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It is prudent for people who own property or assets to draft a will while they are of sound mind and body. This will determine how their estate will be distributed upon their death. When a person who dies has a will, the will must proceed through the probate process. While probate proceedings may be relatively seamless, the deceased person’s family members sometimes may contest the validity of the will, resulting in protracted litigation. If you recently suffered the loss of a loved one and need to contest their will, or fight a will contest, you should engage a knowledgeable New York probate lawyer to guide you through the process. Attorney Valerie S. Wolfman has been assisting New York residents in probate matters for decades. Ms. Wolfman’s office is in Manhattan, and she assists individuals in probate matters in Manhattan, Brooklyn, Queens, and Westchester, Nassau, and Suffolk Counties.
There are specific procedures that must be followed to probate a will in New York. Probate is the term for the process of proving the validity of a will. If a will is not probated, no one has the authority to act on the will or distribute the deceased person’s estate. In the probate process, the deceased person is known as the decedent. To begin the probate process, the decedent’s will must be filed in Surrogate’s Court in the county in which the decedent resided prior to his or her death, along with a copy of the decedent’s death certificate and a petition for probate. Typically, the will is filed by the person named as the executor of the estate in the will.
The decedent’s heirs must be listed in the probate petition and must be served with a citation that advises them that the executor filed a petition for authority to manage the decedent’s estate. The heirs can either waive the right to contest the appointment of the executor or contest the appointment at a hearing. If they choose to contest it, they should hire a probate attorney in New York to represent them. Any beneficiaries of the estate must be given notice of the probate proceeding as well. If no one objects to the admission of the will to probate, the court will typically grant Letters Testamentary to the executor, which allow the executor to oversee the distribution of the estate and execute the directives set forth in the will.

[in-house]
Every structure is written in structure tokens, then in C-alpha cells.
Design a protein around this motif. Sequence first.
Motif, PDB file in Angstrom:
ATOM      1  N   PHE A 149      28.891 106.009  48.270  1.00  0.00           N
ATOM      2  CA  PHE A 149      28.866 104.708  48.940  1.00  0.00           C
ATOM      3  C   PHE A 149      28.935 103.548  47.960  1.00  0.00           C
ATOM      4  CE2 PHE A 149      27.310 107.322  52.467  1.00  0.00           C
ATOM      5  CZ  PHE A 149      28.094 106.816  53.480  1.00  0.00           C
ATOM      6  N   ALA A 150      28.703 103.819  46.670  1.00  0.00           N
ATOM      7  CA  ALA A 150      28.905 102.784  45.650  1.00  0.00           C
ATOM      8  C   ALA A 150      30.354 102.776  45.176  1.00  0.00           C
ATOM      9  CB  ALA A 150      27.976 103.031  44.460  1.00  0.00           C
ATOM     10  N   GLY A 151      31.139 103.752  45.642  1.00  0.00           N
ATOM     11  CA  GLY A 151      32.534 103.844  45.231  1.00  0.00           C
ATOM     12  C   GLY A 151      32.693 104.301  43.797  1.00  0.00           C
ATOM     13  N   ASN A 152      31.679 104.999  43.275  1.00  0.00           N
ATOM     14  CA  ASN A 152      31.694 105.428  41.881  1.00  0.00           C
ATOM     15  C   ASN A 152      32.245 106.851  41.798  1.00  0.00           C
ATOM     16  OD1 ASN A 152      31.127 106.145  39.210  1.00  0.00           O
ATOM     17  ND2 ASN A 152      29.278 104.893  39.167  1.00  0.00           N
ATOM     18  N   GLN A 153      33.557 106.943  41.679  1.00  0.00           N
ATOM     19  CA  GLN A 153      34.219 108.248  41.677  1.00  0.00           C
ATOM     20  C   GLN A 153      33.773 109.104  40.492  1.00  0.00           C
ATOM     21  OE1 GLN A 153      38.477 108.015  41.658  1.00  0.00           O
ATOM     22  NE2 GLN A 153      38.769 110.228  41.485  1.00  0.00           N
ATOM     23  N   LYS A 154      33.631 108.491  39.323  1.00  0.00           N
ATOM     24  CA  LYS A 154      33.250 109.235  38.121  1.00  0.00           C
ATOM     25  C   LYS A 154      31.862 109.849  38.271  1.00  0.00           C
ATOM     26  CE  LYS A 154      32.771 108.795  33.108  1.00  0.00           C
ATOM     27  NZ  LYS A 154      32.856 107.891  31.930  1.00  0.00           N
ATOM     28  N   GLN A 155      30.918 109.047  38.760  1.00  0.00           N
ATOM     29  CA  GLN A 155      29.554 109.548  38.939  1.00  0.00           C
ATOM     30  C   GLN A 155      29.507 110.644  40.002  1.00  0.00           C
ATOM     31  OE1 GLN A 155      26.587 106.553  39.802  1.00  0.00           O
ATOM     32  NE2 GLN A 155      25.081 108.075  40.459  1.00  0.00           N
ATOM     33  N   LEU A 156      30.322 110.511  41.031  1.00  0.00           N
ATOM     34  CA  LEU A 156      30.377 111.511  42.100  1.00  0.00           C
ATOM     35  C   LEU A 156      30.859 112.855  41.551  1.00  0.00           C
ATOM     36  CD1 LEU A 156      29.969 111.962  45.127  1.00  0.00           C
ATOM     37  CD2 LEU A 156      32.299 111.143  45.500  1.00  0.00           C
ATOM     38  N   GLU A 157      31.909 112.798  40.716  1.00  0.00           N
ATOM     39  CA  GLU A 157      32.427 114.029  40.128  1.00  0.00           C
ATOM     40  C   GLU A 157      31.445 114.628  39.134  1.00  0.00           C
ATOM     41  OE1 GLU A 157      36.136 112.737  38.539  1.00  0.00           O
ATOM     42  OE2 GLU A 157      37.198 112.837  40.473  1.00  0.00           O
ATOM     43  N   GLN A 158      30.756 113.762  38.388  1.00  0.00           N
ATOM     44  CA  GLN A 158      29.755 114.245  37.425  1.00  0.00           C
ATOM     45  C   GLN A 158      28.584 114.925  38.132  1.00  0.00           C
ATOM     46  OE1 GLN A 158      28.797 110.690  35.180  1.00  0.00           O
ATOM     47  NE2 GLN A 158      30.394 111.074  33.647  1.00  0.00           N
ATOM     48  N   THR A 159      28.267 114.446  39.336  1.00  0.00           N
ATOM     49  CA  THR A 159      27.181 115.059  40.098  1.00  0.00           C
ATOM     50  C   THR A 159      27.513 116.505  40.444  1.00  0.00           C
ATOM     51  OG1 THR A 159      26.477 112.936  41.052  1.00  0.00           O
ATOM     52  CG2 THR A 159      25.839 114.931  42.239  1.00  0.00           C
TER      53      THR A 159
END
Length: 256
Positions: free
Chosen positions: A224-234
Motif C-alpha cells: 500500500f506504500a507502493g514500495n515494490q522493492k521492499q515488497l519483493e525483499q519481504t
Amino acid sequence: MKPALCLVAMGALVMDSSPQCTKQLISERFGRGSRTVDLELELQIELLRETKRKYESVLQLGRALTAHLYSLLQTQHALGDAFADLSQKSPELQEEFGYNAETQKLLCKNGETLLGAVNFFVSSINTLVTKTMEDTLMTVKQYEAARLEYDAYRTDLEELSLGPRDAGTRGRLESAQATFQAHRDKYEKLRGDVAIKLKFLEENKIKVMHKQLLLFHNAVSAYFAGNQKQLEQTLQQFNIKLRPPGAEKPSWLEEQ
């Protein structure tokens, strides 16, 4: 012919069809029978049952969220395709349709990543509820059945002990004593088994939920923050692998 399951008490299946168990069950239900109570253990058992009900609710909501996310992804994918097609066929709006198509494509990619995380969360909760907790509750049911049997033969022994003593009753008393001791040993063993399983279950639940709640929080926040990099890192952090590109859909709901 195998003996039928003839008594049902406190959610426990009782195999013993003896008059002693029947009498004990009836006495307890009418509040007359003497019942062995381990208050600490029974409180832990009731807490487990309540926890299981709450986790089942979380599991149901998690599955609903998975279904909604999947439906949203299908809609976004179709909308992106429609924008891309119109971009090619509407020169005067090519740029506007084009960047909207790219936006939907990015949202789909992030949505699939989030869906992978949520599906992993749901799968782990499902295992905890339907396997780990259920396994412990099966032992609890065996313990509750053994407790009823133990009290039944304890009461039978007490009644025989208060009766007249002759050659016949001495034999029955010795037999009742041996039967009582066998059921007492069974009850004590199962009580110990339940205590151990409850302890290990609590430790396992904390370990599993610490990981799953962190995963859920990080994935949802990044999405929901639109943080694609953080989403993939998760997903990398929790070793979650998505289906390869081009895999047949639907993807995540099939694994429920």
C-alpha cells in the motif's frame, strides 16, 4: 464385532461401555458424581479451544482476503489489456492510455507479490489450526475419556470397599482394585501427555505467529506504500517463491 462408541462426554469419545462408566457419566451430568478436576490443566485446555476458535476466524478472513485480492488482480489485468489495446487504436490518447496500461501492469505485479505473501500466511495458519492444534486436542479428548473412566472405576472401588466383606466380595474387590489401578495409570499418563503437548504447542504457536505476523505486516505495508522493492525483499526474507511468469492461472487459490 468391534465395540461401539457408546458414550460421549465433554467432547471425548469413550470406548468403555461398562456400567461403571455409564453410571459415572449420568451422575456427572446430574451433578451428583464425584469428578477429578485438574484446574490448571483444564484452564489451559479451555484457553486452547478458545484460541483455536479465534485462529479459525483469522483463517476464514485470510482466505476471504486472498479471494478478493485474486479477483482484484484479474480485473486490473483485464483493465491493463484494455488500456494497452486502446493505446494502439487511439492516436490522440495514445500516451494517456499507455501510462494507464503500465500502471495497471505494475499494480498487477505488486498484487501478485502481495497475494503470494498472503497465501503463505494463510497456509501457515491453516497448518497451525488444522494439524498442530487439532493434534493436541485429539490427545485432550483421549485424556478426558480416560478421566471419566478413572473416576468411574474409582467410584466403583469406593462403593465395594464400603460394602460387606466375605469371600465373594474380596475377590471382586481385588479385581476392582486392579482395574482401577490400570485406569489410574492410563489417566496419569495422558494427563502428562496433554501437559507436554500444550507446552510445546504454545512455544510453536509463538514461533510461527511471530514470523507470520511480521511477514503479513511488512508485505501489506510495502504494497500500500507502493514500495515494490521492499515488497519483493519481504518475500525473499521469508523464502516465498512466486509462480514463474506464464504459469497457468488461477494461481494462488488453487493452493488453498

The loss of a loved one can cause heartache and discord, and it is not uncommon for one or more people to contest a will. Any person whose interest in the estate would be adversely affected by the admission of the will to probate may object to the will in its entirety or portions of the will. Typically, a person contesting a will sets forth arguments that the will is invalid for some reason. For example, in cases in which a will was not executed properly, or there are concerns as to whether the deceased person was under duress at the time of the signing of the will or was in poor mental health, the will may be contested. You should make sure to retain a New York probate attorney at this stage of the process. If a will is contested, it can lead to lengthy litigation, resulting in a substantial delay in the distribution of assets. However, a successful will contest can make a huge difference to the way in which the decedent’s assets are allocated.
While distributing the property and assets of a deceased person is easier when he or she had a will, probating a will can still be confusing and contentious, and a seasoned attorney should handle the process. Valerie S. Wolfman is a knowledgeable probate attorney who can assist you in probating the will of your deceased loved one and in dealing with any disputes over the validity of the will. Ms. Wolfman represents clients in New York City and on Long Island, as well as in Westchester County. Our office can be contacted at (646) 293-4704 or through the online form to schedule a confidential meeting with a probate lawyer in New York.